Why banning the Missguided advert made the marketing campaign even more successful.
So, the Advertising Standards Authority (ASA) have been at it again. In August 2019 we saw the first adverts controversially banned for perpetuating harmful gender stereotypes. The Volkswagen and Philadelphia cheese ads were banned for contravening UK gender stereotyping rules, despite the fact in the case of Philadelphia, they had obviously tried very hard to avoid being ‘non-PC’ by using a same-sex couple in the advert. Yet they fell foul, in the ASA’s all-important eyes, as some viewers took offence at the implication men are incapable of looking after children.
The latest advert to be banned is for the online shop Missguided’s Summer range, an advert that received a complaint because it ‘objectified women’.
But all this raises the question, are advertising agencies now creating adverts with the intention of getting banned?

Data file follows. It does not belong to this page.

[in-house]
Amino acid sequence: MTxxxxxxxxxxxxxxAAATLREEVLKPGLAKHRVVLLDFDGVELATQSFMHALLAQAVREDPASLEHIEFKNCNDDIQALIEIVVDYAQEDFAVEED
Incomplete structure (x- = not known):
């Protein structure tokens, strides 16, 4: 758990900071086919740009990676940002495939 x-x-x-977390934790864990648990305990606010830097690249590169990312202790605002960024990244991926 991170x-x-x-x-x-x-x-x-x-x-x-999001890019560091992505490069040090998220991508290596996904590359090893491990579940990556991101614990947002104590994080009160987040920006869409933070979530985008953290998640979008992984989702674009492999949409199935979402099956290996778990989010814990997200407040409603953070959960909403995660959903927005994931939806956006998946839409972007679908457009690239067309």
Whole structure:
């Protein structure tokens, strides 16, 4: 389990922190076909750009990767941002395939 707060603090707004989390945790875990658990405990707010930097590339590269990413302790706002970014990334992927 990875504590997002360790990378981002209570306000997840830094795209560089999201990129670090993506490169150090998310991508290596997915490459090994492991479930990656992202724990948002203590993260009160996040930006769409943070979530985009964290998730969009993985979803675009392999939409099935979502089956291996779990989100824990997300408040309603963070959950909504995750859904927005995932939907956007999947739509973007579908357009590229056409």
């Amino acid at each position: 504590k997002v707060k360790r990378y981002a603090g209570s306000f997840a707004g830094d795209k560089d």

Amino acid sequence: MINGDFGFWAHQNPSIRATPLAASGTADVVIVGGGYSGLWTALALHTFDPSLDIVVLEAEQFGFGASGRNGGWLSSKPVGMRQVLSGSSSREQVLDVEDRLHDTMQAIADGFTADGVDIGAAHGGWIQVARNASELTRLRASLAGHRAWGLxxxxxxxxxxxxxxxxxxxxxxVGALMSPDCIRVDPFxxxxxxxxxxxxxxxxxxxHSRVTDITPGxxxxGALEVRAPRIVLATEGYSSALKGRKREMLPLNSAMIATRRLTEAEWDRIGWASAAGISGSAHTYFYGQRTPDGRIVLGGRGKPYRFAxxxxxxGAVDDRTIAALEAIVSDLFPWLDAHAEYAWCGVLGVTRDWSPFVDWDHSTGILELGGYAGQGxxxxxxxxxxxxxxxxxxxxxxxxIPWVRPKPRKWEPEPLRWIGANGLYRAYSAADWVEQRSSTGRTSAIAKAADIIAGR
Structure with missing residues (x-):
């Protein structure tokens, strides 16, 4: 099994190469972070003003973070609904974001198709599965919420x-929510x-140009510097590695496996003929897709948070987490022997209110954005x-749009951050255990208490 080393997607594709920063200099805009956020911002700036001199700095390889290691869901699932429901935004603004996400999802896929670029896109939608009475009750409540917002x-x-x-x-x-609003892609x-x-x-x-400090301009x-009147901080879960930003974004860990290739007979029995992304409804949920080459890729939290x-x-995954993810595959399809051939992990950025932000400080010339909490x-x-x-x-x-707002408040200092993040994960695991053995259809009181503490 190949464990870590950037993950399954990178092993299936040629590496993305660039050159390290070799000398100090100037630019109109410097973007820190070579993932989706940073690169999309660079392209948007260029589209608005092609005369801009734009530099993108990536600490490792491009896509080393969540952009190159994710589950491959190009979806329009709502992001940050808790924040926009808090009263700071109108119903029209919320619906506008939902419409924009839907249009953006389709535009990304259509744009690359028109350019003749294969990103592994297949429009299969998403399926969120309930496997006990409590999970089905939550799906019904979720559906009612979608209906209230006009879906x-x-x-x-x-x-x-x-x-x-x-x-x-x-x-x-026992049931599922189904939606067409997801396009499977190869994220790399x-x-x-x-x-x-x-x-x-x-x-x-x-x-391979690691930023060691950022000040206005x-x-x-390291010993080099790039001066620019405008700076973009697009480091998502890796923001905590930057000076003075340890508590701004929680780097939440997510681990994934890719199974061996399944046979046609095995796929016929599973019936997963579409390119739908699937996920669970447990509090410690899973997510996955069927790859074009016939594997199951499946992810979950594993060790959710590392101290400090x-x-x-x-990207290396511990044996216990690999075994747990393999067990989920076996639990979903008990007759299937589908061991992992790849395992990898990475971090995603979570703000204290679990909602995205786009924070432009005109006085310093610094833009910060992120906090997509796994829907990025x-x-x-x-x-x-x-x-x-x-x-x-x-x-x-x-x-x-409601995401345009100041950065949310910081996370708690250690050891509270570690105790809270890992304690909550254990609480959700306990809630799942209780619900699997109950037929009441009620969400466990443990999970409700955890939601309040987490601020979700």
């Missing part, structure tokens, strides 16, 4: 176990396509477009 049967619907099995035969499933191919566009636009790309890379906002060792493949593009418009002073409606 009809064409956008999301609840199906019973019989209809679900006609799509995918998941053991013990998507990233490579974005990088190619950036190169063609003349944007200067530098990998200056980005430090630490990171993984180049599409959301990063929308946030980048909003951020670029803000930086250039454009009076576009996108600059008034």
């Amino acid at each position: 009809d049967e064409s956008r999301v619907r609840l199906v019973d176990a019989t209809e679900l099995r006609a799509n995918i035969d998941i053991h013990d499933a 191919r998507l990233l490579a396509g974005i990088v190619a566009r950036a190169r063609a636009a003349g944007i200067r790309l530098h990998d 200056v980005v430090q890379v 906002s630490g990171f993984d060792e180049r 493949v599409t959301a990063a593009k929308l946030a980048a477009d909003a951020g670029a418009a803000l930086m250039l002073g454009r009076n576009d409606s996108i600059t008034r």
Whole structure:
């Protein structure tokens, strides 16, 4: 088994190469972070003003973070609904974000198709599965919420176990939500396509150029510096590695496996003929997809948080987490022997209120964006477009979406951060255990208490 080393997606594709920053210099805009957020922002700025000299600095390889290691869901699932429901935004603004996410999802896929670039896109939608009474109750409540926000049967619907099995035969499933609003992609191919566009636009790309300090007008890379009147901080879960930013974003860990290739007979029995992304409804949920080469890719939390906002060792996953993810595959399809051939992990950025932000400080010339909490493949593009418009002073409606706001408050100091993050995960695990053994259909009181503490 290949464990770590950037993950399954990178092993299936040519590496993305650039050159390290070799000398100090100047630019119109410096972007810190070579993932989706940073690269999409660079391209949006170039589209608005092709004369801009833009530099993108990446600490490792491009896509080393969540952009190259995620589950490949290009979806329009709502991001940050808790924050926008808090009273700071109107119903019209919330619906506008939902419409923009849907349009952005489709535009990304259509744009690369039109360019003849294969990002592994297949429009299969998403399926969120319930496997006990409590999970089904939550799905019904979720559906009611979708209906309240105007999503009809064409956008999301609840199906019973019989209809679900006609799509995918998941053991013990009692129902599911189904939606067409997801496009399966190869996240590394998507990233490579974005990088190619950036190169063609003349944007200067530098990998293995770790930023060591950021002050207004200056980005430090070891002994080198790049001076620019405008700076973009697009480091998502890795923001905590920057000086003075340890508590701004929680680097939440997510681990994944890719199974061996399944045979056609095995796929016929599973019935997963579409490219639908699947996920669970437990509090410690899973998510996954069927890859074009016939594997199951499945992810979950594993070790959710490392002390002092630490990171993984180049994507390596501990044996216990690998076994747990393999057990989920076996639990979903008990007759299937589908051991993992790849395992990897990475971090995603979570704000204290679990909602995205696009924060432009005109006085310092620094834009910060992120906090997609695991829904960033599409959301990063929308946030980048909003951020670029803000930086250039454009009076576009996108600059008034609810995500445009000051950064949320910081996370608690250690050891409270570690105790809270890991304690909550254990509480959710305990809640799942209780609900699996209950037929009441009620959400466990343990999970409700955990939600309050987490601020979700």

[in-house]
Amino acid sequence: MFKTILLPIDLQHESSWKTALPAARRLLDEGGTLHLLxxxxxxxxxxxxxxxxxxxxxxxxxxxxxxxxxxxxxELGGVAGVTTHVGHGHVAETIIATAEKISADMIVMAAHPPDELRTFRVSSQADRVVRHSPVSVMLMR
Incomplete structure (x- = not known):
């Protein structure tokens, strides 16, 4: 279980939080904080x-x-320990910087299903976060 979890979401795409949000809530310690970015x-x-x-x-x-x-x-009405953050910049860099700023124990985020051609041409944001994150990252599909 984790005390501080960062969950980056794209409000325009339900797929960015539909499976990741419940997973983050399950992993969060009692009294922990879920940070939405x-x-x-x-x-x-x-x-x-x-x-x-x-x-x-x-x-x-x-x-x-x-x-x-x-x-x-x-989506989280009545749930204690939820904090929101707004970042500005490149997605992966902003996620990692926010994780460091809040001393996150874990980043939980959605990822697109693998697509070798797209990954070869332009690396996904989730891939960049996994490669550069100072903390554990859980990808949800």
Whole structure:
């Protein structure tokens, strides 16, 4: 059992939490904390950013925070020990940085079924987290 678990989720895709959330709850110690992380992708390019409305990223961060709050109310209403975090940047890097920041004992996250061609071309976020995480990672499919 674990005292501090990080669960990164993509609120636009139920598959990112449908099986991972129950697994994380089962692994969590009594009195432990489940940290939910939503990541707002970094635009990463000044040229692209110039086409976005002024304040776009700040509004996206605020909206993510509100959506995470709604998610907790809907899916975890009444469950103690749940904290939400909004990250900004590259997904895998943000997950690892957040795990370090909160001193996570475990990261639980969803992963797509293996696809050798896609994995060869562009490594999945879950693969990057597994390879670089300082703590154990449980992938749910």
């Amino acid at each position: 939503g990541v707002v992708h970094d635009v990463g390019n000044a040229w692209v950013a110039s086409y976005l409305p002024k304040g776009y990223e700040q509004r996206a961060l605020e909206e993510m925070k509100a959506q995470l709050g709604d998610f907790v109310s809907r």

Whatever you may think of the advert itself, the PR gained by being banned has drawn a lot more attention to it – in fact, a huge amount of attention, some may even say a ‘fantastic’ amount of attention.
And what’s the first thing most people want to do when they read about this? That’s right, they want to watch the ad to see what the fuss is about. So, millions more eyes and ears, consuming the Missguided advert. Could it be, that being banned is exactly what Missguided wanted?
It’s possible we will see a trend develop now, where instead of taking on board the ASA’s increasingly strict guidelines and creating ads that tick all of their boxes, we see some advertisers deliberately creating content that breaks the rules.
So, what’s your view on this, great PR & marketing? Or an advert created in poor taste that got what it deserved? And if you haven’t seen the advert, judge it for yourself here: